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An Interview with Rena Haus, an outstanding Blues recording artist
By Kenny Love
(more articles from this author)
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Rena Haus is an outstanding Blues recording artist who carves a unique niche within the music industry. This interview offers some detailed insight into her artistry.

[Kenny Love] Rena, where is your home?

[Rena Haus] I was born and raised in Saint Michael, Minnesota, a very small German Catholic community and my mother, aunts, and uncles played music. So, I kind of learned to play by ear and was taught through the family.

[KL] What's the Blues scene like there?

[RH] Minneapolis and Saint Paul are just now starting to get a little more popular Blues scene. There have always been some really good players there such as John Kerner, Dave Ray, and Tony Glover. They had a little trio together that was really good. They did a lot of Traditional Blues and Country Blues. There was also Willie and Murphy and the Bumblebees. Willie's still playing the scene up there. He's a great piano player. Now, they're starting to get more and more Blues bands and there is a couple of Blues clubs opening up there. It's encouraging to see the scene get a little more popular and commercial acceptance.

[KL] Will you give some background information on how you got started in the Blues?

[RH] I've always loved it. I feel that it's one of the most honest expressions, something that everybody can related to. I've always been drawn to it for its honesty and I grew up in the kind of Country/Folk/Blues tradition. We'd hear some of these Blues programs coming in from Chicago radio stations on late-night broadcasts. So, I'd get a little taste of it here and there and, finally, realized it was something I'd always searched for. So, when I moved here (Phoenix) and really tapped into it, and discovered the Blues scene here, it really opened up doors for me. I entered the Amateur Blues contest that the Phoenix Blues Society sponsors annually and was the only woman and the only soloist. I was in the finals for the first two years and then the third year, I took third place with a little trio that I put together.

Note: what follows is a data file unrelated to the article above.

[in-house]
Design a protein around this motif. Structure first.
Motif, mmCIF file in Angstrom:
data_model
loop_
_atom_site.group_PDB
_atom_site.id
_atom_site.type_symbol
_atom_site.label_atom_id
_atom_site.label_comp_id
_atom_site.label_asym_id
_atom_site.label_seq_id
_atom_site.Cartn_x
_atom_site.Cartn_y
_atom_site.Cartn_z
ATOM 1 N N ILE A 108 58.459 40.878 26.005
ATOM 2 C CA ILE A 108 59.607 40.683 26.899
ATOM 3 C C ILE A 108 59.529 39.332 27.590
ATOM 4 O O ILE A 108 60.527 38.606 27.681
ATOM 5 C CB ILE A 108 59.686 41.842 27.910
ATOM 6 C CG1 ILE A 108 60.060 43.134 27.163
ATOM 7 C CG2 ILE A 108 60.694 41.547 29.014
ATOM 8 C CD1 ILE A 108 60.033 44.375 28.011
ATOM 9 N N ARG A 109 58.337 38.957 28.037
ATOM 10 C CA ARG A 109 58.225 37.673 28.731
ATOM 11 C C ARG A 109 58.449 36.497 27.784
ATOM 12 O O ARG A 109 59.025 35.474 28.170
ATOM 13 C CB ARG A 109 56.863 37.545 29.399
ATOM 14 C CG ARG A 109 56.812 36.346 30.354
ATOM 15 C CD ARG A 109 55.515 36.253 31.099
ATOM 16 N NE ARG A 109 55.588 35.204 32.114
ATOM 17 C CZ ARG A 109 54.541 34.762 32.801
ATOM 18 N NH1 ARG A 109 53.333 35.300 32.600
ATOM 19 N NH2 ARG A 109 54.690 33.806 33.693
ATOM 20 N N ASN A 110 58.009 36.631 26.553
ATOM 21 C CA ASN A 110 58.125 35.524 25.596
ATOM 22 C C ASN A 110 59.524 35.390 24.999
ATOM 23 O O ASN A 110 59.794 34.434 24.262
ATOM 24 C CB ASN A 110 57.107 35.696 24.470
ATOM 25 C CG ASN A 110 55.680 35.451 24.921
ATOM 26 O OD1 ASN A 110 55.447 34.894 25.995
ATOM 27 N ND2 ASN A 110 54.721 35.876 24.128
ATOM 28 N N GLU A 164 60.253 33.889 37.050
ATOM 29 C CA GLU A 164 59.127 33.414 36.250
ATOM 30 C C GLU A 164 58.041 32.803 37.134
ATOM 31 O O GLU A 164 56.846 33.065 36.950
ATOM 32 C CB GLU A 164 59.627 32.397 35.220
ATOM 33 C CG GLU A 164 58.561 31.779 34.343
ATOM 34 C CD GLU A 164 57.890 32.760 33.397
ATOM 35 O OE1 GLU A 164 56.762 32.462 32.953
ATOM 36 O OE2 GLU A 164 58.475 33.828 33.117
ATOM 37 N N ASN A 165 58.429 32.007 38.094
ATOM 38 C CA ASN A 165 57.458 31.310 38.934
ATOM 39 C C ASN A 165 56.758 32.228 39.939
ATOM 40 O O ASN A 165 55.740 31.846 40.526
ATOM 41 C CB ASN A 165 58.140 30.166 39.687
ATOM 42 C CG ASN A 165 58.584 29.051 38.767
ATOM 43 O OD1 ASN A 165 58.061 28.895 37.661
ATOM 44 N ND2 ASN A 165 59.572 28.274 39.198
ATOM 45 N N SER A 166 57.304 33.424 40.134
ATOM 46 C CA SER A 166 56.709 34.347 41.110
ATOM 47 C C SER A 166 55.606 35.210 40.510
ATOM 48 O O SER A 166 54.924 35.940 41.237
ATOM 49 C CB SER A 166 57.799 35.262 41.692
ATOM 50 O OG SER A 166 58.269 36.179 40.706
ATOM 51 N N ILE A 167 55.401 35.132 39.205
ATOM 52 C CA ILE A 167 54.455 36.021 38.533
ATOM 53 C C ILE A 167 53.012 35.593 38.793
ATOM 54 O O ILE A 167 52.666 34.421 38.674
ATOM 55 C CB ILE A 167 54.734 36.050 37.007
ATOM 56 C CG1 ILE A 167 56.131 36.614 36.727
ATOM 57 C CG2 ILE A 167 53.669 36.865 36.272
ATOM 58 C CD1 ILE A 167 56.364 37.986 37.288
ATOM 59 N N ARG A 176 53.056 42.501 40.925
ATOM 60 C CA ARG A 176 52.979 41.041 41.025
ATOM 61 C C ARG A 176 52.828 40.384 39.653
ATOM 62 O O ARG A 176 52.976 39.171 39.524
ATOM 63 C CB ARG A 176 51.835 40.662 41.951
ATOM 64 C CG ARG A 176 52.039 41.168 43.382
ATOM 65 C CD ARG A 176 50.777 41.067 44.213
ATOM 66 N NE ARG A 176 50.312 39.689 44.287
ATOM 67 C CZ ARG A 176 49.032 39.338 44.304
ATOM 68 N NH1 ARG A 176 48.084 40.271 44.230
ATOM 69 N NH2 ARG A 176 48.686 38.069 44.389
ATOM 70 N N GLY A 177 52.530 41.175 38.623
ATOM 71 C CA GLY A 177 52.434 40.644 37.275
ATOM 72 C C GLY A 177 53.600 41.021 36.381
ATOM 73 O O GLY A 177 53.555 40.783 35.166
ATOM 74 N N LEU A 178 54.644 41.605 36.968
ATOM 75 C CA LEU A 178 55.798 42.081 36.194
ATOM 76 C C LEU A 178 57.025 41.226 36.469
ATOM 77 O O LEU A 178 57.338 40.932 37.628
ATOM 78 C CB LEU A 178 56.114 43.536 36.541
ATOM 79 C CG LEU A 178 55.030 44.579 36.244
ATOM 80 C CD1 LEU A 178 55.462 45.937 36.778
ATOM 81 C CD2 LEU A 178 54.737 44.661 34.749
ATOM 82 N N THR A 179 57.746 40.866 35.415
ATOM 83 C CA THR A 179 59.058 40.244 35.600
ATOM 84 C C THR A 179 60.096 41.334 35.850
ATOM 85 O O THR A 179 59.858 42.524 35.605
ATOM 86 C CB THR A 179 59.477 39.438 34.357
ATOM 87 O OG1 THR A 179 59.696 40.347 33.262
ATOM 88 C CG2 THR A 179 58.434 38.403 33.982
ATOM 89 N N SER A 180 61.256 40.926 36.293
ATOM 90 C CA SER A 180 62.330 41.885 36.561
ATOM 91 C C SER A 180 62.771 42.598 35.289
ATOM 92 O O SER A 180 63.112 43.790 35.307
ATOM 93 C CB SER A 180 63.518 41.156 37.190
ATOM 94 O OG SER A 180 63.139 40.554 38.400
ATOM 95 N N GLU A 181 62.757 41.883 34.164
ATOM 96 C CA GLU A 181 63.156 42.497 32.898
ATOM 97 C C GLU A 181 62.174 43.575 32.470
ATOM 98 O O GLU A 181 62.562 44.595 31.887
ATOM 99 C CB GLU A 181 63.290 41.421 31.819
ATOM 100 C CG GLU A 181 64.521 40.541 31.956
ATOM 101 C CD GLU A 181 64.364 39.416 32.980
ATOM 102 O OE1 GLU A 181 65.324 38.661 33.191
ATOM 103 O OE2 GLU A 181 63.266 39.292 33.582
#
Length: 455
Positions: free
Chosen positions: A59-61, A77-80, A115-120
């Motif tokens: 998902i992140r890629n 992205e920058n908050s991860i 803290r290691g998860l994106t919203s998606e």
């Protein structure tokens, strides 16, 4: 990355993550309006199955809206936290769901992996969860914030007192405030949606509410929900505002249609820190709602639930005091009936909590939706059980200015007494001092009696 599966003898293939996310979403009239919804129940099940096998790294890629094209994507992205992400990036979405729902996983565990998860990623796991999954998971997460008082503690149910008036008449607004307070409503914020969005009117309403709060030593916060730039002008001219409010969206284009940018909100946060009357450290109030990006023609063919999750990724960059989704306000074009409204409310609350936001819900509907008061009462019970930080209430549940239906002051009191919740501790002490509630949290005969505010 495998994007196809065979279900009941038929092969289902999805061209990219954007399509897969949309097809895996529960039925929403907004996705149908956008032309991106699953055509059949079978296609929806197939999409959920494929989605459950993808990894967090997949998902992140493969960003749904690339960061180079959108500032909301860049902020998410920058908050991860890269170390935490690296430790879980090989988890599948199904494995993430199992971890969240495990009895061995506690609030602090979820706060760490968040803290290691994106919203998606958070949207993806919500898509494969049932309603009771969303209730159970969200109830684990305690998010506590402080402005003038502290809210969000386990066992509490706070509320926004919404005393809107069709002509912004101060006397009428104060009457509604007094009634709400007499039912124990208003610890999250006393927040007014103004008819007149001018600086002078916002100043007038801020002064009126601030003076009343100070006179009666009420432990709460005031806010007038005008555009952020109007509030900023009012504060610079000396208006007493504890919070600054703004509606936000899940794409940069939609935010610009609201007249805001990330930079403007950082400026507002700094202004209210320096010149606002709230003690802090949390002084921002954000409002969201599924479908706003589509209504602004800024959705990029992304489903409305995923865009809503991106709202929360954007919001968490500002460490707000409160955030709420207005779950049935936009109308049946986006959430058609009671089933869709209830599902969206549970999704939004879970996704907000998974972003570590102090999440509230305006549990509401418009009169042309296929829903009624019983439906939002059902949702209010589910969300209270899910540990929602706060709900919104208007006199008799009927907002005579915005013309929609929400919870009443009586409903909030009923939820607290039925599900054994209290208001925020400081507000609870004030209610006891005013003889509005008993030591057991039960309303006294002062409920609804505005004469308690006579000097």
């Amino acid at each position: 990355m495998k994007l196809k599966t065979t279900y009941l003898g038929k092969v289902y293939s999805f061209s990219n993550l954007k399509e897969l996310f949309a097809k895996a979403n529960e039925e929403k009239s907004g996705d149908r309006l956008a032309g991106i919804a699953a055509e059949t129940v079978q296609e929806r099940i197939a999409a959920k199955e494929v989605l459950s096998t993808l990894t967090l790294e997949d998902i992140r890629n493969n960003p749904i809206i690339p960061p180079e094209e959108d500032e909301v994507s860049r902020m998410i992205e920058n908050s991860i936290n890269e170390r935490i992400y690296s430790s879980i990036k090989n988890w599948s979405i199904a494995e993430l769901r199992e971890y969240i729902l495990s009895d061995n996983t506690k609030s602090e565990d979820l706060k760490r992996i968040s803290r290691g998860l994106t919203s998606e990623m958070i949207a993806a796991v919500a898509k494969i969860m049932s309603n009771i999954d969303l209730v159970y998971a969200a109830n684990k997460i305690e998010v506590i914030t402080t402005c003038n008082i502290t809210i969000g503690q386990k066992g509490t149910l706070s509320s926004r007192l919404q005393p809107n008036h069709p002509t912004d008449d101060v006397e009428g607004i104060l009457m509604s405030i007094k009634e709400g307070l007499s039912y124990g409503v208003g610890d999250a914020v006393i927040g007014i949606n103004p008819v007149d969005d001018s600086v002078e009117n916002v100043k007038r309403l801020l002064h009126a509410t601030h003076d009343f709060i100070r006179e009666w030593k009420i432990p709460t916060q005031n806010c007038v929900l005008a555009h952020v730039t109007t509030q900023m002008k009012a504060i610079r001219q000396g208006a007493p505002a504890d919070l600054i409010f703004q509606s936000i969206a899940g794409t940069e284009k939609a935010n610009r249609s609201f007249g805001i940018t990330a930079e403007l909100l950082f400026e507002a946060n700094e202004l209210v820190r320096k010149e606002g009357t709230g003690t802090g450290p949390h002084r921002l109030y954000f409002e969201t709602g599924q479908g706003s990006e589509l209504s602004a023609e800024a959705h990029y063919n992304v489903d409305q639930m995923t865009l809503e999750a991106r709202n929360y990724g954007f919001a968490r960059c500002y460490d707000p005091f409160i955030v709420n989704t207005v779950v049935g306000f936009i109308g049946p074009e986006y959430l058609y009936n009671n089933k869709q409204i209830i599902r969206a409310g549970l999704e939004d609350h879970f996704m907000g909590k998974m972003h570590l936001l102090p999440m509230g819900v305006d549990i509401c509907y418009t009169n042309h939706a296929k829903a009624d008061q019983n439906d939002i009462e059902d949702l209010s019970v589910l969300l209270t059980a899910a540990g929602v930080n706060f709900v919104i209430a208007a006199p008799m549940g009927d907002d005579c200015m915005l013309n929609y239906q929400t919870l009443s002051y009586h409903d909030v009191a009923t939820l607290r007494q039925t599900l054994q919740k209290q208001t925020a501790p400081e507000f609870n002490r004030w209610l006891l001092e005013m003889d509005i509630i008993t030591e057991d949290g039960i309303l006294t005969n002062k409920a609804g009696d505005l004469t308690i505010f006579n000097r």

[KL] I heard a rumor to the effect that you were on Garrison Keillor's show, which is aired on National Public Radio. Was it called Prairie Home Companion at that time?

[RH] Yes. It was just before he became nationally syndicated. I had a duo with my boyfriend at the time, and we were playing all the little towns around the area where I grew up - little farm communities and taverns.

[KL] What was it like being on his show?

[RH] It was really exciting. It was the largest audience I'd ever played in front of at the time. I was about eighteen years old.

[KL] What was the size of the audience?

[RH] I think about twelve hundred people at the Old World Theatre in Saint Paul. It's a beautiful old theatre and the roof was leaking, and there were buckets all over the stage and buckets backstage. There were people in kayaks on the freeway that night on the way to the show, it was raining so hard. It was just like this huge torrential downpour the night we were on the show. When we got to the show, we were soaking wet and Garrison Keillor brought us into his dressing room and gave us blow dryers and towels and asked, 'Can I bring you some tea?' I mean, this is Garrison Keillor and he's so humble and so sincere, and he sat us down and asked us about ourselves and got background information. Shortly afterwards, he came up with this beautiful introduction and dedicated the show to my mother and her band. He just touches your heart, he's so sincere, humble and kind.

[KL] Had he been introduced to your mom at some point?

[RH] No. I just sent him a tape of our music and told him who I was and that I grew up on a farm in the area close to where he grew up, and he called me in person and invited me to be on the show.

[KL] Oh, man! That's great!

[RH] Yeah, that was a really good experience. We got a lot of work after that from the exposure.

[KL] Who are some of your major Blues influences?

[RH] A lot of women like Betsy Smith, Ma Rainey, Sidney Wallace, Ida Mae Cox. Bonnie Raitt was kind of the one who really got me back into it at about fourteen years old. The Blues has influenced so many people such as Bob Dylan and Eric Clapton. When the Rolling Stones first came to the United States, their promoter asked them who they wanted to open for them and they said they wanted Muddy Waters. And the promoter asked, 'Who's Muddy Waters?' Nobody here knew who he was, but fans in England were totally hip to all of his recordings.